In the UK, we just love shops. We like Grocers who give us an experience and give us the chance to feel better about ourselves. Well, we used to - the unprecedented squeeze on household budgets over the last five years has made us seriously consider the idea of discounters and Aldi and Lidl picked the right time to go on a building spree to capitalise.
Asda, a retailer based on one trick only - Price - should have been taking advantage since 2008. A former board member proclaimed at the start of the recession that "This is our time". It's been anything but with a static market share which would be bad enough if they hadn't added over 150 new sites in the same period. Losing share at both ends of the spectrum would make most boards panic, but Andy Clarke has stuck rigidly to the same policy. This week though, in openly declaring a price war against the discounters, he's effectively killed off any ambition for Asda to be a true mass-market retailer.
There was a time, around 2007, when Asda were actually starting to attract ABC1 shoppers, largely through a dramatically improved range of wines and a hugely successful 3 for £10 deal across the category. But these shoppers, a big chunk of the UK grocery market, also demand shopping experiences. They are generally not big fans of soul-less barns - as their desertion of Tesco over the last few years has proven. To be fair, Asda have tried to make their shops nicer - the grey (sorry, "Taupe") walls have gone green and maroon while fridge carcasses have gone black. On non-food and clothing, they've actually led the way by bringing learnings in from their stop-start Living format. But while the new work looks very pleasing in some of the Supermarkets, the superstores and supercentres which deliver the big money remain hideous places to shop. In terms of major multiple refits or new stores of the last year or so - Tesco Bishops Stortford, Sainsbury's Welwyn Garden City and Morrisons St Albans all deliver a great shopper-focused vision of how retailing should-be. At Asda Trafford Park, we ended up with some low MDF cabinets for produce (plus the chilled produce black "maze") and the bakery fixture went from grey to black. No innovation, nothing for the shoppers apart the same tired message of engineered £1 price points.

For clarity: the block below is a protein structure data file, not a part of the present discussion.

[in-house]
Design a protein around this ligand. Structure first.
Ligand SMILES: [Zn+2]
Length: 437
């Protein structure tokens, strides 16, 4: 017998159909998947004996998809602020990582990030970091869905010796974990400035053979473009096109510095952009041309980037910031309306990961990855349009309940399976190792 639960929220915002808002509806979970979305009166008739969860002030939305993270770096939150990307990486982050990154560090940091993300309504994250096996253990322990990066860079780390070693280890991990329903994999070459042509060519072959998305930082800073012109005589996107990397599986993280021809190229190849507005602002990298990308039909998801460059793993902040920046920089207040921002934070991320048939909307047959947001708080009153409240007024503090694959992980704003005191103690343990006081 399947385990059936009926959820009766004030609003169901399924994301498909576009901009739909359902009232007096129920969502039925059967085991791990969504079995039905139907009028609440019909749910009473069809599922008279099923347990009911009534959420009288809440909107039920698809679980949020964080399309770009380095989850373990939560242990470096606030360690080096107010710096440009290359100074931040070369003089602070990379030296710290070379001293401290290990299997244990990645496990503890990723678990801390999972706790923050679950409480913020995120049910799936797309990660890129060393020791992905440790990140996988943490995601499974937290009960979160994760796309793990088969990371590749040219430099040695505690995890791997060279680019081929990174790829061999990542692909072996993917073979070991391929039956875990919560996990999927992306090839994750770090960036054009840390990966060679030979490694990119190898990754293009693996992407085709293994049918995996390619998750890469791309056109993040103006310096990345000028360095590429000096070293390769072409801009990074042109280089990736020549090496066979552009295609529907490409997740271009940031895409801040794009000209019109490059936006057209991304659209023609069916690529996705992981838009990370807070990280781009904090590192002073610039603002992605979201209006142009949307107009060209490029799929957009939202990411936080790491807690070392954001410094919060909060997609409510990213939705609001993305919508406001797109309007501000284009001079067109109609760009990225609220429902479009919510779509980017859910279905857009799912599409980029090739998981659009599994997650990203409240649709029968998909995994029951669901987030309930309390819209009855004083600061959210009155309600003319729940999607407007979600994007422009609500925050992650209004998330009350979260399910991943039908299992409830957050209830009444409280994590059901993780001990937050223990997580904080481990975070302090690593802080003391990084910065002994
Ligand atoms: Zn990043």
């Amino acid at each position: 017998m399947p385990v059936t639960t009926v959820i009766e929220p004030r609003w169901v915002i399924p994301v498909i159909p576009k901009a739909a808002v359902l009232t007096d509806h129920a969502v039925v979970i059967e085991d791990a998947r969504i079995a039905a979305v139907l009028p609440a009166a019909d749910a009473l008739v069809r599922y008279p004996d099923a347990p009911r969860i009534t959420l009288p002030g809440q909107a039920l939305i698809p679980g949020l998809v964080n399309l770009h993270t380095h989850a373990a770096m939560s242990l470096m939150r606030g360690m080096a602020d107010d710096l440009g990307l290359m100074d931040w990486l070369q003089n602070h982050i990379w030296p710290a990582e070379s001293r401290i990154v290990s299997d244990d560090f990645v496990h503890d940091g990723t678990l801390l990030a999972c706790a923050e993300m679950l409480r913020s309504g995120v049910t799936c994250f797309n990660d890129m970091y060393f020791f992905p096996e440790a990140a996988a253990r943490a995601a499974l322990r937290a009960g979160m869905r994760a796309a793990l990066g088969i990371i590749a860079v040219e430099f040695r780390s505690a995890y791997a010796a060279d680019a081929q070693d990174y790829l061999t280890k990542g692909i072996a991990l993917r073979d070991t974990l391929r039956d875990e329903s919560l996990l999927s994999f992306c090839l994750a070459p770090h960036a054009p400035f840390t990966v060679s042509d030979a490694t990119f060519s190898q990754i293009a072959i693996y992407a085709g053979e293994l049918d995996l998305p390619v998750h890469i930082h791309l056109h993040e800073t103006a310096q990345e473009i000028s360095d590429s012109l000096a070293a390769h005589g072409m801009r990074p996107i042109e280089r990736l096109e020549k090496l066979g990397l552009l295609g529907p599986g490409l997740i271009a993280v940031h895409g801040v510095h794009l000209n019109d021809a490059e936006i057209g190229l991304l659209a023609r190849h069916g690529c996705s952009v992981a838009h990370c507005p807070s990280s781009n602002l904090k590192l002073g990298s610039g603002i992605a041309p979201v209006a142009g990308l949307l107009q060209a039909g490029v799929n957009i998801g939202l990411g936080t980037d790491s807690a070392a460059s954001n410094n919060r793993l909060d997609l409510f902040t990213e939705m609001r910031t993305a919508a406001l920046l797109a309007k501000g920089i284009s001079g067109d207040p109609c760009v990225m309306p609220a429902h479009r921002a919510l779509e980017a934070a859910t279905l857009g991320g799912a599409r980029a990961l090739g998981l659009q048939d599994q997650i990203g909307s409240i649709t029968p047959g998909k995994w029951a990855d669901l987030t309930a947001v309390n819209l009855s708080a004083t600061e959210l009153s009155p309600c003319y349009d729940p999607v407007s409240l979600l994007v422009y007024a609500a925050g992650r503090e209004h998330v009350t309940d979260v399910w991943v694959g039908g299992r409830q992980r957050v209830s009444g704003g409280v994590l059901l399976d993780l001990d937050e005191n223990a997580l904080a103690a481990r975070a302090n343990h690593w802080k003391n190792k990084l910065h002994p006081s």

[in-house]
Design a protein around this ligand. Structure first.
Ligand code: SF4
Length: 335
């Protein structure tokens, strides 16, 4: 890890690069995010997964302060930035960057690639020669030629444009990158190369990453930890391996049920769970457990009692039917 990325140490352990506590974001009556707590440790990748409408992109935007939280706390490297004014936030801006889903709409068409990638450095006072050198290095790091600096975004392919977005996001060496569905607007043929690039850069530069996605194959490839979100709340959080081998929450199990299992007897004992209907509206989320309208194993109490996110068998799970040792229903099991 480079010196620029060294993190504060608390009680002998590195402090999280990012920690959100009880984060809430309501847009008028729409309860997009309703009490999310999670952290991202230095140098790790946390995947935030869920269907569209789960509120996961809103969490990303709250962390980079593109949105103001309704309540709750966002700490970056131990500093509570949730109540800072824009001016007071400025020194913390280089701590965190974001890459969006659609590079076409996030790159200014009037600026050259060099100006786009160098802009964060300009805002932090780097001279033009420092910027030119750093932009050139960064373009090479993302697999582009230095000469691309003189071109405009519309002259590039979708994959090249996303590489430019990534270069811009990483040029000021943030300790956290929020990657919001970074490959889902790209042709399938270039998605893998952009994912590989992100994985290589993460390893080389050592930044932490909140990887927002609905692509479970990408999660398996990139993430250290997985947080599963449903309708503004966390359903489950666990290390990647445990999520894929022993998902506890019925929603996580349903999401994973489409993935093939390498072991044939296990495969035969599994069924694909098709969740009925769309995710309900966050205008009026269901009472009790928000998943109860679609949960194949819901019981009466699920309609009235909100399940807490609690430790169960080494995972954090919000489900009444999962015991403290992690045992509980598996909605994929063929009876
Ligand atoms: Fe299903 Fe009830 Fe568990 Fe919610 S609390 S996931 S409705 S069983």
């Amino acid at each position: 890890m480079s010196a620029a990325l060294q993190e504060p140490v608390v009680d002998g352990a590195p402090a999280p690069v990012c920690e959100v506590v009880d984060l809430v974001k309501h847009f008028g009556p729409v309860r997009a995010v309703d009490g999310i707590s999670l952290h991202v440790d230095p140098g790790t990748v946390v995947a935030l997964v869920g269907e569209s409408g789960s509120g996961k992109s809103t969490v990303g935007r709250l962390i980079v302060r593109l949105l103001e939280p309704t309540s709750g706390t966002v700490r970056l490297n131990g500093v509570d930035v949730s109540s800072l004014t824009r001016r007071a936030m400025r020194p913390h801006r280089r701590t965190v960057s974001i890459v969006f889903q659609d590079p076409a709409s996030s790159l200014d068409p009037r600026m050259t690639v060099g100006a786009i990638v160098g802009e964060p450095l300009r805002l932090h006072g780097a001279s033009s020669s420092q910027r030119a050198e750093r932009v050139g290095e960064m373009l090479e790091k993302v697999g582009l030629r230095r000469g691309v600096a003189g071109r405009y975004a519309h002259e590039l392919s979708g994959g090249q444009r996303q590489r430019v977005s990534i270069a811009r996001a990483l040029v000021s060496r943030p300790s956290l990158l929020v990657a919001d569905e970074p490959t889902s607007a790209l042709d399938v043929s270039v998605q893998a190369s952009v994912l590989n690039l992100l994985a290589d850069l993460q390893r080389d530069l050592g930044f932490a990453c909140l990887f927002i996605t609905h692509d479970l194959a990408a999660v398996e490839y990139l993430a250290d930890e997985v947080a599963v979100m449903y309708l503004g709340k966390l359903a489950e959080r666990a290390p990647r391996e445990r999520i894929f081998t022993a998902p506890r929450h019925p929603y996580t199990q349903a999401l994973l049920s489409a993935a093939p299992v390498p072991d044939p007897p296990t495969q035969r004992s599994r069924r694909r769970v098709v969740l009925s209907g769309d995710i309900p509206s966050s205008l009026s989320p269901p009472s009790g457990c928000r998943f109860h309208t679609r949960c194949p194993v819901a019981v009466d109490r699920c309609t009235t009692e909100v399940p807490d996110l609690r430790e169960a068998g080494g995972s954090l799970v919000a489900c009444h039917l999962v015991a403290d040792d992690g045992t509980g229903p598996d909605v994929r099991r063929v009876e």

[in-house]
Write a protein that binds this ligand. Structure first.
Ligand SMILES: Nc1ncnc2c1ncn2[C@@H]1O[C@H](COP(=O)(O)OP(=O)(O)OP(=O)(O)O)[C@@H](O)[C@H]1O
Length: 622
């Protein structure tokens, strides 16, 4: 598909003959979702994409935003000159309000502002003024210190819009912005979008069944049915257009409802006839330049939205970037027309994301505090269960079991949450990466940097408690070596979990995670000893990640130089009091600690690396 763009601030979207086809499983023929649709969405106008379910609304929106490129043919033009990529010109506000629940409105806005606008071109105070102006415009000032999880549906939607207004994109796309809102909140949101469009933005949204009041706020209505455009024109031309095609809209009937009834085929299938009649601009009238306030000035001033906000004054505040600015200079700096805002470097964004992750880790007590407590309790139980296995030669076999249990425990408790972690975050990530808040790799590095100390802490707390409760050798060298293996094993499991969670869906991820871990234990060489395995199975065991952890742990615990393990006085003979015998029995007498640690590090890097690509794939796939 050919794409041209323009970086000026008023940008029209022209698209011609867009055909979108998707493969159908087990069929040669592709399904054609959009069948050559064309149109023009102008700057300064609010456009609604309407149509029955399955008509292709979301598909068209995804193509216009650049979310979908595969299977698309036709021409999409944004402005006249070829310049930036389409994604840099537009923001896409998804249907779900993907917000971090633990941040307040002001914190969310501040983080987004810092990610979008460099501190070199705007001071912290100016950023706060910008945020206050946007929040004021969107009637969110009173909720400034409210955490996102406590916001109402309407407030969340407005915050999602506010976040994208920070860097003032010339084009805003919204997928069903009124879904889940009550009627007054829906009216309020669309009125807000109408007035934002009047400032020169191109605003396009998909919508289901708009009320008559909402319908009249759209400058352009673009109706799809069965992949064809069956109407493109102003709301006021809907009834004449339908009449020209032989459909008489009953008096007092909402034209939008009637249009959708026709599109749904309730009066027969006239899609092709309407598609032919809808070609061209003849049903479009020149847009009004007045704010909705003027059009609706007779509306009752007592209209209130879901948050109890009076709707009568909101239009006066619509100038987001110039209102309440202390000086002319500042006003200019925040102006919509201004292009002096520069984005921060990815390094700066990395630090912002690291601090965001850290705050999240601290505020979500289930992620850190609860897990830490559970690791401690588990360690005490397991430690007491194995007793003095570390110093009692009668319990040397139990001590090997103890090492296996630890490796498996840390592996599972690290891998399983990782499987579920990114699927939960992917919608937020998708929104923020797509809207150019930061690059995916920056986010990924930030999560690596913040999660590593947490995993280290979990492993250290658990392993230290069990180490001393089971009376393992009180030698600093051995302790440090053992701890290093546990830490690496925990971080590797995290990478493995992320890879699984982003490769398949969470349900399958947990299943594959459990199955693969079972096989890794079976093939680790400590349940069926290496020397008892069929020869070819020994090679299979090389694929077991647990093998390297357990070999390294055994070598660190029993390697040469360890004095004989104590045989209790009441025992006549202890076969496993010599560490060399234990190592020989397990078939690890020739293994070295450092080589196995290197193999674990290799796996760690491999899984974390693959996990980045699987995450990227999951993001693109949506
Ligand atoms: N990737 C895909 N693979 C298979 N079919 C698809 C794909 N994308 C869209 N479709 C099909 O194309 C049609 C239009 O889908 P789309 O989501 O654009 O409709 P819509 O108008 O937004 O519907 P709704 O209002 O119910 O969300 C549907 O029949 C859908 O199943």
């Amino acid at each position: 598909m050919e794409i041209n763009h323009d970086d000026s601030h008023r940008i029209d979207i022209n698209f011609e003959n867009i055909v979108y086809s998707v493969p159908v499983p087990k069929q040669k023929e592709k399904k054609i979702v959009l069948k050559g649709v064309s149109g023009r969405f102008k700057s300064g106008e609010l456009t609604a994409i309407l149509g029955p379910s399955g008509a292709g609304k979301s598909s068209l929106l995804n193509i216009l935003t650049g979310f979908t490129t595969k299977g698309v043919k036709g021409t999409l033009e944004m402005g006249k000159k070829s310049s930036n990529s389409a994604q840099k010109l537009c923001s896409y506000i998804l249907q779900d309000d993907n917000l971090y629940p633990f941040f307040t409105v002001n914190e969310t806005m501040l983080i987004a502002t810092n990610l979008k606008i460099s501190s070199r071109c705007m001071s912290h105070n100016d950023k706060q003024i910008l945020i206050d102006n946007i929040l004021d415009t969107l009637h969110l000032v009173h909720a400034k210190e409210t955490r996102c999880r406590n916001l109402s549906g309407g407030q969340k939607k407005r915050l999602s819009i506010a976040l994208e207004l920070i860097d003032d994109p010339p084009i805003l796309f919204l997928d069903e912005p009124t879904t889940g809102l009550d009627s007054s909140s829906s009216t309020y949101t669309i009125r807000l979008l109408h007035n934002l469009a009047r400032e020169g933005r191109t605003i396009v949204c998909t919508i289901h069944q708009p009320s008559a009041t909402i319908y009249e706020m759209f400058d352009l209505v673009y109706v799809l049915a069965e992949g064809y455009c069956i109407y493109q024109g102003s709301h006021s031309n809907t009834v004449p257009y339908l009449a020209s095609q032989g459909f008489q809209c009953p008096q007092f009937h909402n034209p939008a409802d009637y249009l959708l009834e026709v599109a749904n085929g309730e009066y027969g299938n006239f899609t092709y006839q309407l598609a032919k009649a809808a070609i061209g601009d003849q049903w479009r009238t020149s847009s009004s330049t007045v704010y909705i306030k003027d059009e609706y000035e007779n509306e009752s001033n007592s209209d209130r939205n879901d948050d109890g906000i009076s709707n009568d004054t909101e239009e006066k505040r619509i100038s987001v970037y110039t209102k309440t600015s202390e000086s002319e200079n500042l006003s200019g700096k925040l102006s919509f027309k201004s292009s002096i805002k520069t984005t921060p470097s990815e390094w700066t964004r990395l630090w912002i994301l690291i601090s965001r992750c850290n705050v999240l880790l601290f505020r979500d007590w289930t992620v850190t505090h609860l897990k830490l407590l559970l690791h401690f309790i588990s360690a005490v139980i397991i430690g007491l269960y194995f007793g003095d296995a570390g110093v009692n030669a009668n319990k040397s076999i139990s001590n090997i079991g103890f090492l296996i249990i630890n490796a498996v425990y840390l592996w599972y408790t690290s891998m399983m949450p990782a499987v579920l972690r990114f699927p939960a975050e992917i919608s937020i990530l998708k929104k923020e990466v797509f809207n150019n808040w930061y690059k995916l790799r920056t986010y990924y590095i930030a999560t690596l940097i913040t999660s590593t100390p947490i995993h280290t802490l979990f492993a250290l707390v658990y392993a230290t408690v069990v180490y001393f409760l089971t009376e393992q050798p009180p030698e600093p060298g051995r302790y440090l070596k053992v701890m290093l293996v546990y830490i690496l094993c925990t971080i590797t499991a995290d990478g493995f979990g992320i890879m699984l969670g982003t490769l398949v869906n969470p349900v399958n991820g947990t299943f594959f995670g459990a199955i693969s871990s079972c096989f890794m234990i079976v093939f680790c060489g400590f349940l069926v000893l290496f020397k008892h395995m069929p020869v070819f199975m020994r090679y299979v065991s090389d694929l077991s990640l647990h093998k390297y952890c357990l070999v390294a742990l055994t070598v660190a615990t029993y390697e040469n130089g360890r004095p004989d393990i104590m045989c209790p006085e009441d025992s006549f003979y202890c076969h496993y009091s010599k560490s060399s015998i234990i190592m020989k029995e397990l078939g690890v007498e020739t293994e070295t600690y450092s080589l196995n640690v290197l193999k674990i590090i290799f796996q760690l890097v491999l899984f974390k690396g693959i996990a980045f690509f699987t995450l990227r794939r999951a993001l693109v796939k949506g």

It must interesting to see what McKinsie's are digging up. I really don't rate them highly myself - they are master in renaming solutions already found within in a business. But, in Asda, they might just work. During the 5 years I spent in the cultish world of Asda House, I worked with some of the brightest and most innovative retailers I have ever had the pleasure of working with. The problem was that inertia and an incredibly political reading of the "culture" at Asda House meant very few of those ideas ever saw the light of day. Often the mantra of "everyday low cost" was heard - certainly more than the question "what do our customers want?"
Well, yes, customers DO want price - and increasing numbers want this above all else. But if you are a retailer who wants to retain the number 2 spot, you can't just chase those customers. For every great piece of work that Asda do that might appeal to more affluent shoppers, for example the Leith tie-up with the ever-improving Extra Special range, going out and shouting out about prices and trying to attract the great unwashed will drive them back to Sainsburys, the expaning Waitrose or the resurgent (store-feel wise, at least) Tesco. For these customers tend to want a great experience - and, yes this is a harsh truth, they won't tolerate a scruffy shop if has scruffy shoppers as well.
Their mainstream competitors are getting it at the moment - all are investing in store environments, extending ranges to create points of difference AND still getting a price message across. You could argue that in times when price is so important to customers, you can assume that they will already find the value - and after about 15 years of "Price Wars" and the various Price Match schemes, they will now make their choice around the other stuff. The small, but growing, percentage who don't care about shops will head to Aldi and Lidl and won't even consider Asda any more. Those who do care, will see the further dumbing down and find somewhere they're more comfortable with.